UNICEF in 2012: The year in review

 

UNICEF in 2012: The year in review

Global News 00:32

Significant achievements for children in a challenging year

NEW YORK/ HONG KONG, 31 December 2012 – It’s been another challenging year for UNICEF and its partners – responding to a wide range of humanitarian needs under less-than-ideal financial circumstances.

But significant gains have been realised, particularly in the fight against disease and child mortality.

Strides against disease and child deaths

Substantial progress has been made towards achieving UN Millennium Development Goal 4: Globally, the number of under-5 deaths has declined from nearly 12 million in 1990 to 6.9 million in 2011.

That means 14,000 fewer children are dying every day.

The end of both HIV/AIDS and polio is in sight. The world has committed to ending new HIV infections by 2015, thanks to simpler drug regimens and the success of programmes that prevent mothers from passing the virus to their children.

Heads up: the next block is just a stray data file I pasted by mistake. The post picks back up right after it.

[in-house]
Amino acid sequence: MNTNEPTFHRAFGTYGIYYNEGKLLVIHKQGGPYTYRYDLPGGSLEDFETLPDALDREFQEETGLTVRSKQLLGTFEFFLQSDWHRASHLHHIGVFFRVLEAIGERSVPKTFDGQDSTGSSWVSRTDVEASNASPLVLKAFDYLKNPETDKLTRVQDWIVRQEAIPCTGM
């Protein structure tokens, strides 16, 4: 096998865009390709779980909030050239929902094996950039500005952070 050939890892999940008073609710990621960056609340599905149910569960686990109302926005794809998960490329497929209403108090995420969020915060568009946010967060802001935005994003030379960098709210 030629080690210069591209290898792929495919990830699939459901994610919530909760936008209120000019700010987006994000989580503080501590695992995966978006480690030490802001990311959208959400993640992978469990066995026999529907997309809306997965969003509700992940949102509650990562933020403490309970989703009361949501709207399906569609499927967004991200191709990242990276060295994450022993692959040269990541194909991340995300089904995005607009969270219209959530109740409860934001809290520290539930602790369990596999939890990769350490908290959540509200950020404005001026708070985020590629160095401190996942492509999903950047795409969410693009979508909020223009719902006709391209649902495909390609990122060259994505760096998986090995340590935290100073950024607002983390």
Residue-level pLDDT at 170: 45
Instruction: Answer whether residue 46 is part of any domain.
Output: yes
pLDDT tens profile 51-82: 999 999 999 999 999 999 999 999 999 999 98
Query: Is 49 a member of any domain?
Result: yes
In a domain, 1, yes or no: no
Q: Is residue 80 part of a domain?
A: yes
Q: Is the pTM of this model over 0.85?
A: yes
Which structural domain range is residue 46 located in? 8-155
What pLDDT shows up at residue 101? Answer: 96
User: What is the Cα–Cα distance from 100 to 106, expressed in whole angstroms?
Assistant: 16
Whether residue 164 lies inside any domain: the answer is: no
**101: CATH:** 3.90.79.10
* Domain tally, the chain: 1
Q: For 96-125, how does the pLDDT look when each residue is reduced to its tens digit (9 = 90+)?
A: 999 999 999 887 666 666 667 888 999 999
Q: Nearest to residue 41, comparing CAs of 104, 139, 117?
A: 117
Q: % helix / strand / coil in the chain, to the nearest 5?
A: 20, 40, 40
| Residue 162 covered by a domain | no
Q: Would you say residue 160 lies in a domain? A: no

A woman carries a bucket filled with safe water that she was given during a water distribution from a tanker-truck, on the Jamali Bypass, the main highway in Jacobabad District, in Sindh Province. The truck bears the logos of UNICEF and other support partners. More than 58,600 flood-affected people in the province have received safe drinking water via tanker trucks. By mid-October 2012 in Pakistan, monsoon rains and torrential flooding that began in early September had affected more than 5 million people – primarily in the provinces of Sindh, Punjab and Balochistan. Over 459,000 homes as well as roads and schools have been damaged or destroyed; some 265,000 people remain displaced in relief camps, with many others living in roadside and other informal settlements; over 1.1 million acres of land and an estimated 54 per cent of health facilities have been affected; and numerous water sources have been contaminated. More than 80 per cent of the affected are women and children under age 14 in need of shelter, food, safe drinking water, sanitation, maternal and child health care and malaria prevention. Malnutrition rates in the hardest hit districts are well above the emergency threshold, and 74 per cent of children in affected communities are out of school. Logistical constraints are hampering relief efforts in many areas, and continuing insecurity is placing United Nations staff and other humanitarian workers at increased risk. In response to the crisis, UNICEF is working with the Government (which has pledged US $91 million to the monsoon floods response), as well as with other UN agencies and partner NGOs. Support includes the provision of: essential child and maternal health services; therapeutic and supplementary feeding programmes; safe drinking water, sanitation facilities and hygiene kits; ongoing immunization services, including to eradicate polio; temporary learning centres and child-friendly spaces; and protective services for children, including for family reunification and psychosocial support. UNICEF is requesting US $15.4 million to fund its part of the response over the next three months.In September, United Nations Secretary-General Ban Ki-moon hosted the most important meeting on polio eradication in the past 20 years. Although polio remains endemic in Afghanistan, Nigeria and Pakistan, infections were reduced by 99 per cent between 1988 and 2011.